Myint Maung, “Appeal Case for DVB Reporter Hla Hla Win,” Mizzima News, March 24, 2010, http://www.mizzima.com/news/breaking-and-news-brief/3718-appeal-case-for-dvb-reporter-hla-hla-win.html; see also Committee to Protect Journalists, “Burmese Journalist Handed 20-Year Prison Sentence,” news release, January 7, 2010, http://cpj.org/2010/01/burmese-journalist-handed-20-year-prison-sentence.php; Reporters Without Borders, “Appalling 20Year Jail Sentence for Democratic Voice of Burma Video Reporter,” news release, January 5, 2010, http://en.rsf.org/burmaappalling-20-year-jail-sentence-05-01-2010,35833.html.
“Two Receive Death Sentence for Information Leak,” Irrawaddy, January 7, 2010, http://www.irrawaddy.org/article.phpart_id=17542; “Burmese Whistle-Blowers Sentenced to Death—BBC Source,” BBC, January 7, 2010, http://news.bbc.co.uk/2/hi/asia-pacific/8446462.stm; “Burma to Execute Two Over Secret Tunnels Leak,” Times (London), January 8, 2010, http://www.timesonline.co.uk/tol/news/world/asia/article6980654.ece.
Reporters Without Borders, “Another Video Reporter Gets Long Jail Sentence,” news release, January 29, 2010, http://en.rsf.org/burma-another-video-reporter-gets-long-29-01-2010,36245.
“Ko Than Myint Aung Ko Naught Htet Htaung Sel Hnit Cha Hmat” [Ko Than Myint Aung Sentenced to Additional 10 Years], Radio Free Asia, July 15, 2010, http://www.rfa.org/burmese/news/accused_bomber_got_10_year_sentence07152010170049.html; Myint Maung, “Court Extends Prison Sentence of NLD Liberated Area Member,” Mizzima News, July 16, 2010, http://www.mizzima.com/news/inside-burma/4122-court-extends-prison-sentence-of-nld-liberated-areamember.html.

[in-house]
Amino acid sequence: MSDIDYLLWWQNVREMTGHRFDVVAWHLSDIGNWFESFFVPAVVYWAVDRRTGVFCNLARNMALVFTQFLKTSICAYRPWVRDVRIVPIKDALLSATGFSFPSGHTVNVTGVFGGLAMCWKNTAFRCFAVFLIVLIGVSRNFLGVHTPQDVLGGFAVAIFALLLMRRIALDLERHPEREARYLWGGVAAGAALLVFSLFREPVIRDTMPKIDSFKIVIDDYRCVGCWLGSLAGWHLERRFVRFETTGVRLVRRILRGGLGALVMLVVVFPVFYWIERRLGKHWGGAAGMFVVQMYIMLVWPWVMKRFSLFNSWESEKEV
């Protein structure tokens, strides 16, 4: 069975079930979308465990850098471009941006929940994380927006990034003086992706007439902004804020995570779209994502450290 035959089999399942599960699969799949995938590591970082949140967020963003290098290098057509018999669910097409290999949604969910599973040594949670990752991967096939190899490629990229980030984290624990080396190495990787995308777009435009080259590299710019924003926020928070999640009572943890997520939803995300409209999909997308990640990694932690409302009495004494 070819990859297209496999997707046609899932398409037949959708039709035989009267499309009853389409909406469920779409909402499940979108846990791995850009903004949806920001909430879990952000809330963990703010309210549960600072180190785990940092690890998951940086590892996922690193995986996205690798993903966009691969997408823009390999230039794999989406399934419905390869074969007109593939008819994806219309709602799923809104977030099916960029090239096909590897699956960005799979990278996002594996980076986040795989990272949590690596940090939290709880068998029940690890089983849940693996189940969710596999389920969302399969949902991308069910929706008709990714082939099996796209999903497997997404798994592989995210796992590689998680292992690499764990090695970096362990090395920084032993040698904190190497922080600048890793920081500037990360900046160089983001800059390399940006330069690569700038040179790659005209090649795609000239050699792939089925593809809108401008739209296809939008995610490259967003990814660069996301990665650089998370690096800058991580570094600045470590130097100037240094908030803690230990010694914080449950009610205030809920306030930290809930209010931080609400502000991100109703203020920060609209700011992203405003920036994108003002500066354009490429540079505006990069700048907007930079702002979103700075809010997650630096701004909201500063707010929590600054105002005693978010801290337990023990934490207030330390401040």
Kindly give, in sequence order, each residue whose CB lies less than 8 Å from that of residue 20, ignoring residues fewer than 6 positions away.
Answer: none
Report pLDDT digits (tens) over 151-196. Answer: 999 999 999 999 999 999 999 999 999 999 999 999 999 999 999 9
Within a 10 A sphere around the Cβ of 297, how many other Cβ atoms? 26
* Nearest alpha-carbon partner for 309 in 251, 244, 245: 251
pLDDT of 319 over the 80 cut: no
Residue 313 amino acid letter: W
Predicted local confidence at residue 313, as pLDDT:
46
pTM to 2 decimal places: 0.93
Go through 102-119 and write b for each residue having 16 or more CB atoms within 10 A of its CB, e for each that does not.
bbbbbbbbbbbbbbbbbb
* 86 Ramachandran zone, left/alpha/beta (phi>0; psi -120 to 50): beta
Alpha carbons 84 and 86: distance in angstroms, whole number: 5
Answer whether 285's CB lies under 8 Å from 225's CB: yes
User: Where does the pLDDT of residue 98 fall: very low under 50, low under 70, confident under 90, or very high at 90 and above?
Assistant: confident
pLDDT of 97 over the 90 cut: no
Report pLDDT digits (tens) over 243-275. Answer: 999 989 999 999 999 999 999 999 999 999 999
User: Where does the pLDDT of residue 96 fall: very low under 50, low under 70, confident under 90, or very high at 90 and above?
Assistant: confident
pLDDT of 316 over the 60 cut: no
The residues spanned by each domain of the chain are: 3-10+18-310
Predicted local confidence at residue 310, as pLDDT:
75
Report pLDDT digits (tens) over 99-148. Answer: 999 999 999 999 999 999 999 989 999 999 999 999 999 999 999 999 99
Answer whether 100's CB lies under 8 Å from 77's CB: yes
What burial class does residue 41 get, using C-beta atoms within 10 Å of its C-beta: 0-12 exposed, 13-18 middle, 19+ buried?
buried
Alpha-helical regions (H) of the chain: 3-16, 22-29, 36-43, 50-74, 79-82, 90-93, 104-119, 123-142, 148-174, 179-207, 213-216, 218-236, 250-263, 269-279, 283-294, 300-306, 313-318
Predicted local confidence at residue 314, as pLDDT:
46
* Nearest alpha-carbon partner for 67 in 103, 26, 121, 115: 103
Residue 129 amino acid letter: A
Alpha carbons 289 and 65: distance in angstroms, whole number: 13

Reporters Without Borders, “Photographer Sentenced to Eight Years in Prison,” news release, December 28, 2010, http://en.rsf.org/birmanie-photographer-sentenced-to-eight-28-12-2010,39163.html.
BURMA FREEDOM HOUSE Freedom on the Net Cybercafe owners are required by law to keep records on their customers’ activities, and police have free access to them upon request.65 Many owners do not systematically enforce monitoring of their users, however, often assisting them in circumventing censorship instead. In an effort to close these gaps, since May 2010, the government has increased surprise inspections of cybercafes in Rangoon and instructed owners to post signs warning users not to visit political or pornographic websites.66 In November 2010, the authorities also instructed cybercafes to install CCTV cameras and assign at least four security staff to monitor users.In addition to registering their identity when purchasing a mobile phone, individuals are required to register their computers with MPT and obtain the company’s permission to create a webpage.68 These measures are selectively enforced, with authorities especially targeting those suspected of engaging in political activism or transmitting information to exile or foreign media outlets.
The junta is believed to attack opposition websites based abroad. From May to July 2010, the popular site Photayokeking.org, edited by a Burmese army deserter, was hacked, leaving it inaccessible and inoperative. Many leading exile websites—including the Irrawaddy, Mizzima, Democratic Voice of Burma, and New Era Journal—have been temporarily shut down by hackers since 2008.69 All of the attacks to date have been distributed denial-of-service (DDoS) attacks. Military sources inside Burma say that the junta has dispatched officers to Singapore, Russia, and North Korea for informationtechnology training, and that these officers are assigned to monitor e-mail messages and telephone conversations, and to hack opposition websites.70 China also provides training and assistance, according to the Committee to Protect Journalists. The Irrawaddy, based in Thailand, and the Democratic Voice of Burma claim to have traced cyberattacks to addresses in China and Russia, though they could not identify the culprits. Author’s interview with cybercafe owners in Rangoon, Mandalay, and Pegu who asked to remain anonymous, July 11 and 28, 2010.